viii). Ase i s’amodoun
Many happy returns of this festival
ix). Ogun ye mo ye

Ogun lives and I live too.

When Ayadi ushers Ogun in, he must sacrifice dogs (aja) and tortoise (aghon) and pour libations at the shrine of Ogun. It is the general belief in Ondo that a dog is Ogun’s favourite meat. Thus during Ogun festival, dogs are usually mercilessly immolated. The Ondo people do not in any way regard a dog as a pet as the western people do. Ondo people seldom eat dog meat but they frequently sacrifice dogs to appease Ogun. Hence, their neighbours nicknamed them Ondo aj’aja that is, Ondo the dog eater. The sacrifice of dogs is the climax of the ritual and by this, the blood flows into the shrine.

Ogun is the kernel of Ondo’s popular religion for many reasons. During O gun festival, every section of the society is represented. It is only during this festival that children, domestic servants, foreigners, artisans, traditional circumcision doctors, religious and political authorities perform as devotees of Ogun. As the divinity is tied to professionalism, everybody participates. For example, warriors, blacksmiths, traders and even women who hardly participate in other Ondo festivals play very significant roles in these festivities. Certainly, it is a time when women-dominated professions such as traditional medical paediatrics (alagbo omode or olomitutu) and women’s market associations display their wares and advertise their profession.

Furthermore, during this festival, people show their indebtedness to Ogun as the founder of iron and metals, which are essential ingredients for technological development. It should be noted that sacrifices are made to ogun from time to time, particularly whenever a journey is going to be undertaken. It is not surprising then that the importance and fierceness of ogun is captured in this proverb: “Onen yo ri ibi ogun ti gbe’je de sa eyin jija e fa i”. (Whoever sees ogun where it is taking blood and does not run, certainly has problem with his heels).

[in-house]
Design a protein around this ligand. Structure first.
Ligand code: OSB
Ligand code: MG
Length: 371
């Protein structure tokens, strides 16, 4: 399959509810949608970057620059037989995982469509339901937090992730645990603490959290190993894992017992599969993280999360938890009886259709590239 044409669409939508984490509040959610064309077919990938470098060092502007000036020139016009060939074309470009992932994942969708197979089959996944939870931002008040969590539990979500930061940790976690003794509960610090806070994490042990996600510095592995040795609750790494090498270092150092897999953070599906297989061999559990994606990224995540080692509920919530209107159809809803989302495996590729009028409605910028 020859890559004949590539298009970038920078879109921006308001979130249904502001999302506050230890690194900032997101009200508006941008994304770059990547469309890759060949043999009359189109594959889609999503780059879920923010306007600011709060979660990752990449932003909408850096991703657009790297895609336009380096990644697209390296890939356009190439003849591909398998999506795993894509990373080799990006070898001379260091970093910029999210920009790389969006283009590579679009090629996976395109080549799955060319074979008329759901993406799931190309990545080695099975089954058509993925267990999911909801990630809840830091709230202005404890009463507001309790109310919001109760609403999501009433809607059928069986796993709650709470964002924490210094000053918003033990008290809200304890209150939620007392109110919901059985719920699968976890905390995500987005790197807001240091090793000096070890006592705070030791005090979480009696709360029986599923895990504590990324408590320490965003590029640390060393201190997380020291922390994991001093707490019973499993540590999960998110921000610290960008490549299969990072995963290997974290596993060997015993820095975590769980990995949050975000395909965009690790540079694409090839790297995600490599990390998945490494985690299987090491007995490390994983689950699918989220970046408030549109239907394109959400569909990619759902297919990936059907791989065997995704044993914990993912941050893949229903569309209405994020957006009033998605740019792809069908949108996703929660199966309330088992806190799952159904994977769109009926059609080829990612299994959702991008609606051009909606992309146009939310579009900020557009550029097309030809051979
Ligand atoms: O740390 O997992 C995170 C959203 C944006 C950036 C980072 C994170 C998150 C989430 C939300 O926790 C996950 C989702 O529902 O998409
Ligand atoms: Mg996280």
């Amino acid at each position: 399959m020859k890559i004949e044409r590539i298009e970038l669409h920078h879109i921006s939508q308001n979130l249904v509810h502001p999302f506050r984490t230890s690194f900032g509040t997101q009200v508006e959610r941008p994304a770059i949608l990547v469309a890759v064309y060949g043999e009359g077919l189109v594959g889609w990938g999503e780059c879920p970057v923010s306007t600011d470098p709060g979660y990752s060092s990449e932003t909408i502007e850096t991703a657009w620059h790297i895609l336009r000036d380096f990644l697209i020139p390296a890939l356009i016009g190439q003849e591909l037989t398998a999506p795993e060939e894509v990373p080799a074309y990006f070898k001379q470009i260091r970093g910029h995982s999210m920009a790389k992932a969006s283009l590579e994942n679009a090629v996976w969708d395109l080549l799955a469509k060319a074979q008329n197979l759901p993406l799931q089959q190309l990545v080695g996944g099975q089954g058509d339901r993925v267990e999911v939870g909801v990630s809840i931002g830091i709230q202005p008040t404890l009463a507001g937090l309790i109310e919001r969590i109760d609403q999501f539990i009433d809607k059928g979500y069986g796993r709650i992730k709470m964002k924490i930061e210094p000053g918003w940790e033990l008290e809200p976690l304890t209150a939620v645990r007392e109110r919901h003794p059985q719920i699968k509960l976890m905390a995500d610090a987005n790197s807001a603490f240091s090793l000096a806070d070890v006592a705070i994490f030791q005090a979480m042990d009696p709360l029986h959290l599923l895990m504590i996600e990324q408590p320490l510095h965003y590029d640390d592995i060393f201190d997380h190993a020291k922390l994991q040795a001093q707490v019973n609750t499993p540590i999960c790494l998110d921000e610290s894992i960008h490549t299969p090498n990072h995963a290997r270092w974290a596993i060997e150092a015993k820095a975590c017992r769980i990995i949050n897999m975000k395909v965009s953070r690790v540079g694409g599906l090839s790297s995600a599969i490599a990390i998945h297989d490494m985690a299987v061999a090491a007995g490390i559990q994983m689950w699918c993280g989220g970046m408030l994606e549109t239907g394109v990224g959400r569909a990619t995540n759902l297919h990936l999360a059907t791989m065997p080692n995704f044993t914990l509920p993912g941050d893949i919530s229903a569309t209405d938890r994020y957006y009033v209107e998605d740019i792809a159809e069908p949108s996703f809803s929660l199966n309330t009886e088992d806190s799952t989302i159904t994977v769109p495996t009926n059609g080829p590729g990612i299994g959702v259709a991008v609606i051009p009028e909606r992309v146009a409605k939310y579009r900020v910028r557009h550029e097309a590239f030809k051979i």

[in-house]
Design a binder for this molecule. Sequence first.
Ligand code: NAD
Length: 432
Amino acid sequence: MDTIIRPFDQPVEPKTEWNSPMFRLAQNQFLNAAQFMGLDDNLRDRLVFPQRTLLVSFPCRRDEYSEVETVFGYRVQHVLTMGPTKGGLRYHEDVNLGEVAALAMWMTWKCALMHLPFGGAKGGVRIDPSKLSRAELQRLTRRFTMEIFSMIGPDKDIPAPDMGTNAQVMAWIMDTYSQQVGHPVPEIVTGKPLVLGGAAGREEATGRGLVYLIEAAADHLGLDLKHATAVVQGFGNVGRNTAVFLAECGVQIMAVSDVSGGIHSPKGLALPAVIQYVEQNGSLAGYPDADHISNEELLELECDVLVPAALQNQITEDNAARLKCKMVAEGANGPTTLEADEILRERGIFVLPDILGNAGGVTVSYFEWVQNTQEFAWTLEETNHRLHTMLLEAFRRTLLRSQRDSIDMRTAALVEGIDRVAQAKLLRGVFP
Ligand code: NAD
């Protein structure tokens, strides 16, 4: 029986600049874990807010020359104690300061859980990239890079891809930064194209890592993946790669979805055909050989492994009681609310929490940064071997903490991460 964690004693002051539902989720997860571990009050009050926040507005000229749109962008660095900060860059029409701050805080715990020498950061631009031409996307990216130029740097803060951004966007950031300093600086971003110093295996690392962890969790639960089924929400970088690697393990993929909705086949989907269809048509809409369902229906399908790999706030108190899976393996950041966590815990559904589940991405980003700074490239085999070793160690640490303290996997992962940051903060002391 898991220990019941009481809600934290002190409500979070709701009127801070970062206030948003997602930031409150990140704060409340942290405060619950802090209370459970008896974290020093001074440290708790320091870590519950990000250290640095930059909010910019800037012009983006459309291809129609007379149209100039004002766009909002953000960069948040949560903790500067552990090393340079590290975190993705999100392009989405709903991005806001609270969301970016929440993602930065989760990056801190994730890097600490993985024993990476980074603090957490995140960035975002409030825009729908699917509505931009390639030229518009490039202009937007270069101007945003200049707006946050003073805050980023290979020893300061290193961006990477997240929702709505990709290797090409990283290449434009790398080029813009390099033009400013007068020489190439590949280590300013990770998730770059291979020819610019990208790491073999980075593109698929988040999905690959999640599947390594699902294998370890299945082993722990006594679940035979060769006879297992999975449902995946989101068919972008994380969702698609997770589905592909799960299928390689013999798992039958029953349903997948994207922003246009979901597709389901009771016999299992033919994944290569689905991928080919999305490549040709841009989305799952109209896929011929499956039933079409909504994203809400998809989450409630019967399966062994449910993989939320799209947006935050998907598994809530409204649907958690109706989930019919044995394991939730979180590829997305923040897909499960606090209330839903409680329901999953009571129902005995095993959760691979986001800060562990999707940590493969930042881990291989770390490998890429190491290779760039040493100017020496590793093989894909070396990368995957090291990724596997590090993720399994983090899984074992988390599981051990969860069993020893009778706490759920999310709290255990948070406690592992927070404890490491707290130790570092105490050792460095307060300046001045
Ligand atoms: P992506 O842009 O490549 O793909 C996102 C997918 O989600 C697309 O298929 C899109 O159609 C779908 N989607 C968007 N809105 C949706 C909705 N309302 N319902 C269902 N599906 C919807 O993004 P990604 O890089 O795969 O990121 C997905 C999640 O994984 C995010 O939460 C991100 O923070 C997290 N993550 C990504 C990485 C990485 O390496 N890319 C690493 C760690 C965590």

It should also be emphasized that Ogun festival serves as an occasion whereby the memory of deceased ancestors and cultural heroes are commemorated. The worshippers of Ogun proclaim O gun’s praise-names as follows:

Ogun lakaiye, osin imole – Ogun, the strong one of the earth, Chief among the deities
Ogun alada meji, ofi okan san’ko, o fi Okan ye’na – Ogun, the possessor of two matchets; with one he prepares the farm, and with
the other he clears the road.
Ojo Ogun nti ori oke bo – The day Ogun was coming down from the hilltop.
Aso ina l’o mu bora, ewu eje l’o wo – He was clothed in fire and bloodstained garment.
Ogun onile owo, olona ola – Ogun, the owner of the house of money, the owner of the house of riches.
Ogun onile kangunkangun orun – The owner of the innumerable houses of heaven.
O pon omi s’ile f’eje we – He has water in the house but takes his bath with blood.
Ogun awon l’eyin ju, egbe lehin omo orukan – Ogun whose eyeballs are rare (to behold), protector of orphans.
Ogun m’eje l’ogun mi – There are seven ogun who belong to me.
Ogun Alara ni igba’ja – Ogun of Alara takes dogs.
Ogun Onire a gba’ gbo – Ogun of Onire habitually takes rams.
Ogun ikola a gba’ gbin – Ogun of surgery habitually takes snails.
Ogun Elemona nii gba esun ’su – Ogun Elemona takes roasted yam.
Ogun a ki’run ni iwo agbo – Ogun a ki’run habitually takes ram’s horn.
Ogun gbena gbena eran awun nii je – Ogun of the artisans eats the flesh of tortoise.
Ogun Makinde ti d’ogun l’ehin odi – Ogun Makinde has become the ogun after the city wall.
Nje nibo l’ati pade Ogun? – By the way, where did we meet Ogun?
A pade ogun nibi ija – We met ogun in the battlefield.
A Pade Ogun nibi ita – We met Ogun at the junction.
A pade re nibi agbara eje naa – We also met him at the pool of blood.
A gbara eje ti i de ni l’orun bi omi ago – The pool of blood that reaches the neck like a cup of water.
Orisa t’o ni t’ogun ko to nkan – Whichever divinity regards ogun as of no consequence.
A f’owo je’su re nigba aimoye – Will eat his yams with his hands (without a knife) times without number.
E ma b’ogun fi ija sere – Do not joke about war with Ogun.
Ara Ogun kan go-go-go – Ogun is anxiously waiting to strike.

Source From: Ondo Development Committee Achieve.